As a young child my mother was always a huge advocate for higher education. An extremely bright young woman, in school, she was advanced by two academic years, excelling particularly in Maths. As a young woman she had hopes of becoming an accountant. However, University was an opportunity that was never afforded to her, due to the outbreak of the Somali Civil War in 1991 leading to the downfall of the Somali government and a mass migration out of Somalia and for many like my mum it was the only home they had ever known.
I remember as a young child growing up in the capital of Ethiopia, Addis Ababa where I attended school with my older sister. To say the least, we had two very different experiences of early education, with my older sister loving education and excelling at it and myself always looking for a quick loophole to avoid my homework at all cost. Often coaxing doting aunts and uncles to complete the work for me with a little bat of the eyelashes. From the start education I have never mixed well, however, university was never out the question.
As the state of conflict worsened back home in Somalia, my family sought political asylum in the UK. A fresh start and a new opportunity to make right that which was impossible back home, to get the level of education that my mum had not accessed. She often stayed up late with me to study and improve my literacy skills, my mum was a huge influence on me finally falling in love with academia. Through her patience and love I was able to graduate secondary school and progress on to university, to study International Relations at Goldsmiths University.
Although, a world away from my secondary and sixth form education, university was an exciting prospect for me, a chance to grow into my independence and confidence and present myself to the world as the grown woman I was raised to be. Despite the two-hour journey I’d make each day from my home in west London to south east London where my university was, I found it to be a strangely freeing experience. Seeing such an ethnically diverse area of London was almost therapeutic for me, facing head on some of my deeply repressed discomfort with growing up in the north of England. It also helped with my overt detachment to communities that culturally resembled me, as I was now living in a relatively south Asian part of London.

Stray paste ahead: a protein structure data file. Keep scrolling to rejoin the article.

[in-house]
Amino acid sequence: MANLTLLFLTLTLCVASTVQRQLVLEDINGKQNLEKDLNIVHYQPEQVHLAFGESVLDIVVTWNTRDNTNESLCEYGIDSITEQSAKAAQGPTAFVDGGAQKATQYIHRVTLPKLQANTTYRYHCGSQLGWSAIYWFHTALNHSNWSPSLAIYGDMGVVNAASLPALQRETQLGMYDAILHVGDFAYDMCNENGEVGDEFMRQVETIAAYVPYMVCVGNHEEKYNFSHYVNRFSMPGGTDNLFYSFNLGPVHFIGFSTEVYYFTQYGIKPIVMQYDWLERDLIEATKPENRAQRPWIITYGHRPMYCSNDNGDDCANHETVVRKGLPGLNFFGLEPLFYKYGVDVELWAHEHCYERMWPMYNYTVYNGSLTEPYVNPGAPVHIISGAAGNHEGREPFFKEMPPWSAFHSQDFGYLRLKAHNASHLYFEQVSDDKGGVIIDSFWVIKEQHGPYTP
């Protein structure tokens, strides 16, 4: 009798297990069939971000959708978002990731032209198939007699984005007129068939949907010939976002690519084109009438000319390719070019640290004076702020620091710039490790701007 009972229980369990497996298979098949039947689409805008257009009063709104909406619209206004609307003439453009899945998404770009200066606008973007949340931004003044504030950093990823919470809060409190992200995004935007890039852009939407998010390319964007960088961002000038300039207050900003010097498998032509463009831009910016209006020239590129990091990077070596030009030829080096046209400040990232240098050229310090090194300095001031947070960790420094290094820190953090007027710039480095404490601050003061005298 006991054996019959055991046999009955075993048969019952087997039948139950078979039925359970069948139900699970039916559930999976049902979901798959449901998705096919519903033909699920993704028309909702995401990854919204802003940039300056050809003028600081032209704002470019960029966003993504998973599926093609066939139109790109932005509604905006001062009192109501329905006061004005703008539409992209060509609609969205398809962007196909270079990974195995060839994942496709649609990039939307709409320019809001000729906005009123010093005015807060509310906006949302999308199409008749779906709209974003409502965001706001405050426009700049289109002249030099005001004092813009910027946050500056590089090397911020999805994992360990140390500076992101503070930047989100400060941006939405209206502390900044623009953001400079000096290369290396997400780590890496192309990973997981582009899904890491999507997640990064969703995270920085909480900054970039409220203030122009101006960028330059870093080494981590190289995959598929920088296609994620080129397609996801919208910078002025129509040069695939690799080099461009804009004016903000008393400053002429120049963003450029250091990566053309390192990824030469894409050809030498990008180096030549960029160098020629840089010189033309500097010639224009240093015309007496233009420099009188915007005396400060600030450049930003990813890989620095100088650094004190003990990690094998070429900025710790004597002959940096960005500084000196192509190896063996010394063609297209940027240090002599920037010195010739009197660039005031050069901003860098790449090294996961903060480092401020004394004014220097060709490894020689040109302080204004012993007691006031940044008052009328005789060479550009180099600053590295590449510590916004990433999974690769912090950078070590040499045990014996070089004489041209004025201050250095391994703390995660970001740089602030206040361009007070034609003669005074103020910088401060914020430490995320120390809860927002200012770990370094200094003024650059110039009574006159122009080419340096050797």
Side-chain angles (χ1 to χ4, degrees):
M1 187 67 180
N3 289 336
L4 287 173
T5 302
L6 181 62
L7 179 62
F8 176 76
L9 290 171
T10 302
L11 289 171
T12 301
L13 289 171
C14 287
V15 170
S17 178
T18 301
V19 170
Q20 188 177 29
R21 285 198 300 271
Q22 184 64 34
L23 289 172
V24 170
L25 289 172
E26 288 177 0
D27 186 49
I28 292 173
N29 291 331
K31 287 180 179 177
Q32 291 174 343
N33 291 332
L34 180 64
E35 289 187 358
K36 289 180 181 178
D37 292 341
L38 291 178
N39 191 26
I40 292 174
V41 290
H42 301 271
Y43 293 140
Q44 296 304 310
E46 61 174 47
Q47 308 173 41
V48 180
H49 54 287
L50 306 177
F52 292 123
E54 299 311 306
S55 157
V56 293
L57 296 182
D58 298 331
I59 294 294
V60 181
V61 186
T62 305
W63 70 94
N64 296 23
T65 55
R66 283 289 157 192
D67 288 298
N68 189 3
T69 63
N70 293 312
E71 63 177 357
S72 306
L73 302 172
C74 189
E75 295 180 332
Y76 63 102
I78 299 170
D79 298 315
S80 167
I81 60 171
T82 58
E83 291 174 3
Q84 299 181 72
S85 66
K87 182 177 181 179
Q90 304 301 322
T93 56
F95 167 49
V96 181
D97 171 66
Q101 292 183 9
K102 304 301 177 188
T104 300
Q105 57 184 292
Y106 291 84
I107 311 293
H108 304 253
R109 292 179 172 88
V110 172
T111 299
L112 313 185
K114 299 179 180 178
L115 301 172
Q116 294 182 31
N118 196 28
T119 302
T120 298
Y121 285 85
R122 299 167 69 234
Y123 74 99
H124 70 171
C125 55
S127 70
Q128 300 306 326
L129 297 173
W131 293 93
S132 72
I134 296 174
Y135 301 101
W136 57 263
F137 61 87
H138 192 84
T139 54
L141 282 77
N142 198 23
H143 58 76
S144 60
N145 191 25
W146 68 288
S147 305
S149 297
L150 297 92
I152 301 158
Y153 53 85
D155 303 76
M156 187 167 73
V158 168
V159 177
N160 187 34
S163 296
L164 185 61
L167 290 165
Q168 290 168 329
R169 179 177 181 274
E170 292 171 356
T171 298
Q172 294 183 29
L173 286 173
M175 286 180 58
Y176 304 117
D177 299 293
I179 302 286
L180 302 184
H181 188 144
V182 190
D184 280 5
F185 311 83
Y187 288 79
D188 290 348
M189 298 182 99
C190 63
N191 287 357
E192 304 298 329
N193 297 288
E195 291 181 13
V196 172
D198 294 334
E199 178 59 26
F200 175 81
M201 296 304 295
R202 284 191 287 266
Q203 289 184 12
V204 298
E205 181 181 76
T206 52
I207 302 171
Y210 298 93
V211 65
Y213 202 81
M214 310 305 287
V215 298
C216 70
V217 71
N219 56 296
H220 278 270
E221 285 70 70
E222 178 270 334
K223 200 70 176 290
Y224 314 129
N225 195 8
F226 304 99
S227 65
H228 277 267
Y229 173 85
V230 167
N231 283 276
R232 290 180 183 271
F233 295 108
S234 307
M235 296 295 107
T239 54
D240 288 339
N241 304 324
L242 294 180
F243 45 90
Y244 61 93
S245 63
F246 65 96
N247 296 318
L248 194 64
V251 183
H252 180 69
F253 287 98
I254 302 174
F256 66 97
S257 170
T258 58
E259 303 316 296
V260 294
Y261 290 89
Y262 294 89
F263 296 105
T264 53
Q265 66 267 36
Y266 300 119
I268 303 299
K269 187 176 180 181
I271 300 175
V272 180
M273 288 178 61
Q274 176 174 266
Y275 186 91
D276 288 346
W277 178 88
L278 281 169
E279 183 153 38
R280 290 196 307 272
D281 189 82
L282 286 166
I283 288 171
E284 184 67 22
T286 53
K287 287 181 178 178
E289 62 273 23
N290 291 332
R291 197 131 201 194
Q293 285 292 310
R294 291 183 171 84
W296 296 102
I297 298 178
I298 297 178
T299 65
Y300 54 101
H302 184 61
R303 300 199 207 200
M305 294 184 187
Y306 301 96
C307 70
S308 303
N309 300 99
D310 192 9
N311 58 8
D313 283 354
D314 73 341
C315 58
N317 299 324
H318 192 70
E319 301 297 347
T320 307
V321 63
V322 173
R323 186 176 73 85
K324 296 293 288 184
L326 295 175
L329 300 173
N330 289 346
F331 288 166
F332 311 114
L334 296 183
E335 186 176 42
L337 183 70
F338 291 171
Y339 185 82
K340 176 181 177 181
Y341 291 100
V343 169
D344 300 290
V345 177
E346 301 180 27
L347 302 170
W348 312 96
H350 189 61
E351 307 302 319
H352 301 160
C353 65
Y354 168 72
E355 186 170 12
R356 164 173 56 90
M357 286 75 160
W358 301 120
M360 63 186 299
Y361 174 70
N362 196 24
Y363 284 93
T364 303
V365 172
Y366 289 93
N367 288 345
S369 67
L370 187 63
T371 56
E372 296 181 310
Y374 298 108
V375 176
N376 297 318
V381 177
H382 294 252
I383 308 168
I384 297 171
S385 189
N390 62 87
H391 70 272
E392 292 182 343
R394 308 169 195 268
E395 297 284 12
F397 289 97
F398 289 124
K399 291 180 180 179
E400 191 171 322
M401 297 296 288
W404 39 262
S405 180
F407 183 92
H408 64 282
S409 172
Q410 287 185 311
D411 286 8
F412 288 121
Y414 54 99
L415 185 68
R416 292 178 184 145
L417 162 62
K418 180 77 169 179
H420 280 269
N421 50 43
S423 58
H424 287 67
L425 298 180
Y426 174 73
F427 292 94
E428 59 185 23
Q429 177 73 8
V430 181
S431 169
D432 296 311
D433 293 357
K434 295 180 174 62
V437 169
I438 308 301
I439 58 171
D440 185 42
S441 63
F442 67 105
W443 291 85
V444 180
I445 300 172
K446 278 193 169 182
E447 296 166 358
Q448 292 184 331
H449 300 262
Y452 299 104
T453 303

University opened me up to open up to a lot of new experiences both good and bad, I found libraries and coffee shops were no-longer daunting, instead they became my safe spaces, a quiet warm spot to gather my notes and prepare myself for the long journey back home. I found that choices held much more weight than they had previously, so too did my voice and words. As I transitioned into this new adult world, I was lucky enough to meet mentors and educators that continue to guide and encourage me through my journey.
Through University societies I was also able to meet new people and networks with shared interests and beliefs. I hadn’t realised it at the time, but university helped me find my voice, both academically and socially. The insecurities I dwelled on in sixth form and secondary school were seemingly remedied by my newfound autonomy. As I learnt more positive self-talk I became more confident in my work and writing, allowing me to learn to critique and explore that which I was learning more thoroughly. Now as I graduate, I look back at how much I’ve changed in the space of three short years.
It’s a unique experience for everyone but definitely a worthwhile one in my opinion. However, due to rising fees and institutional racism, many young BAME and working-class people are deterred from higher education. My mum always told me that ‘learning is universal, a part of our biology, and not just your human right’, and thus should never be taken away. So, for all those considering the journey, my advice is to be brave and steadfast, for these years of higher education may be the years that will make you.